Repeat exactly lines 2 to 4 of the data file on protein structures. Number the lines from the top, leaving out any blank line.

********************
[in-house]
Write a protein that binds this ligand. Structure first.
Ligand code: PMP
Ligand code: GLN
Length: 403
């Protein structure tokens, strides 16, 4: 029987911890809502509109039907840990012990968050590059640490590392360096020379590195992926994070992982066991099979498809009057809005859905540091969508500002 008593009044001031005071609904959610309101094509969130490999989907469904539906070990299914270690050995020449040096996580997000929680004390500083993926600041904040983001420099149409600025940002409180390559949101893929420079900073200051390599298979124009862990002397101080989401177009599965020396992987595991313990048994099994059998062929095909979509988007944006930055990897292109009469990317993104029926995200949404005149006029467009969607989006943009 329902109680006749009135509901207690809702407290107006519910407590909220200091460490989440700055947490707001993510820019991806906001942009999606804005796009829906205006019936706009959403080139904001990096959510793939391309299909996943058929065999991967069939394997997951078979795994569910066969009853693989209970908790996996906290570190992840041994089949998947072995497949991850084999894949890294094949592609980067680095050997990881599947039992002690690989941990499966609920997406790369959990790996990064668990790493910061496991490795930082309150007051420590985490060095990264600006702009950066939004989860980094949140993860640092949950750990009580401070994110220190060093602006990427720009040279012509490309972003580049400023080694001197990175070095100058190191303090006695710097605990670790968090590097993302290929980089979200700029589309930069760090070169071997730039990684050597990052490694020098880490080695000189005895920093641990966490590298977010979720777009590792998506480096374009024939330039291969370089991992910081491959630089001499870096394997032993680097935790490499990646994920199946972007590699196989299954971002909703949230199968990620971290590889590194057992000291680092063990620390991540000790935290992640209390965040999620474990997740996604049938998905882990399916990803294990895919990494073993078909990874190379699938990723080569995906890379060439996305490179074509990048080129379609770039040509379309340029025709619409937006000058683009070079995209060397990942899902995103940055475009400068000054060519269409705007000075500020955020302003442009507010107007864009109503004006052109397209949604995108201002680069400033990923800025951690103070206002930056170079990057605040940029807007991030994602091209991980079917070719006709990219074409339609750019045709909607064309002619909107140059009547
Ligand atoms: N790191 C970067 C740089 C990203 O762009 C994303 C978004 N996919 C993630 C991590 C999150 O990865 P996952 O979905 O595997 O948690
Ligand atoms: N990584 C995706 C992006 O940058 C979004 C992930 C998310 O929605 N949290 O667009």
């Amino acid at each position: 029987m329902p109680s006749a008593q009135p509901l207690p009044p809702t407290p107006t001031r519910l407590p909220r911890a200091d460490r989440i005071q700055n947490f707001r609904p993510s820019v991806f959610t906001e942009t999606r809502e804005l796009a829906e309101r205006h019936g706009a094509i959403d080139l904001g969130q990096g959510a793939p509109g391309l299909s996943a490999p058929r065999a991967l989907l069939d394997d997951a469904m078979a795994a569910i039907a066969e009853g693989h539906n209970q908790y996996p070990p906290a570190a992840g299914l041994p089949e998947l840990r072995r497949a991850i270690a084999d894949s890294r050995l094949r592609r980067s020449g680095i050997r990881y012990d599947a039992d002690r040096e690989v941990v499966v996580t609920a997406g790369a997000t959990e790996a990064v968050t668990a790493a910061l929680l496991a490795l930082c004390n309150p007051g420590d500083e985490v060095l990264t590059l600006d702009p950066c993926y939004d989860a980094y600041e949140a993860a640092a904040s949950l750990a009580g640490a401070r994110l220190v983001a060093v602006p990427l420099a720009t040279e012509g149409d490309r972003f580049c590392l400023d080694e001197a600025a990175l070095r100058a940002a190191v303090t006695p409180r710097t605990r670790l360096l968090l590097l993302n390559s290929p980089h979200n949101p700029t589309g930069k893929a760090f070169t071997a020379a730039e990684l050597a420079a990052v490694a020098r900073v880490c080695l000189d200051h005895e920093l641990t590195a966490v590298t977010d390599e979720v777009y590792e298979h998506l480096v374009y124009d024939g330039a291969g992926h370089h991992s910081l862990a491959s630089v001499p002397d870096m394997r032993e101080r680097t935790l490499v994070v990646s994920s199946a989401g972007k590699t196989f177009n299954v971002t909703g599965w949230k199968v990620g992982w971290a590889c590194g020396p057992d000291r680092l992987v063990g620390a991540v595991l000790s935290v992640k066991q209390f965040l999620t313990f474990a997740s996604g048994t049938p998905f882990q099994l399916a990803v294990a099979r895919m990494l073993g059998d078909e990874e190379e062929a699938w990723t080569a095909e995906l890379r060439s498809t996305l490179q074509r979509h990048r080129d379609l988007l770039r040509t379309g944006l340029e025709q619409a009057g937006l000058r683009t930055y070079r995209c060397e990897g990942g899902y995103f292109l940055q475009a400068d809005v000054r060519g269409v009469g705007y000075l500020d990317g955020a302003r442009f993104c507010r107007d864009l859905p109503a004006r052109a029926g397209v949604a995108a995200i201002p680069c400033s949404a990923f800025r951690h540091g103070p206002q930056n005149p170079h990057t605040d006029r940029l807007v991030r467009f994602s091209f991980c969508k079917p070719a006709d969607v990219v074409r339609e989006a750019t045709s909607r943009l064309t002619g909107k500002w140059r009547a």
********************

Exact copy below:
Write a protein that binds this ligand. Structure first.
Ligand code: PMP
Ligand code: GLN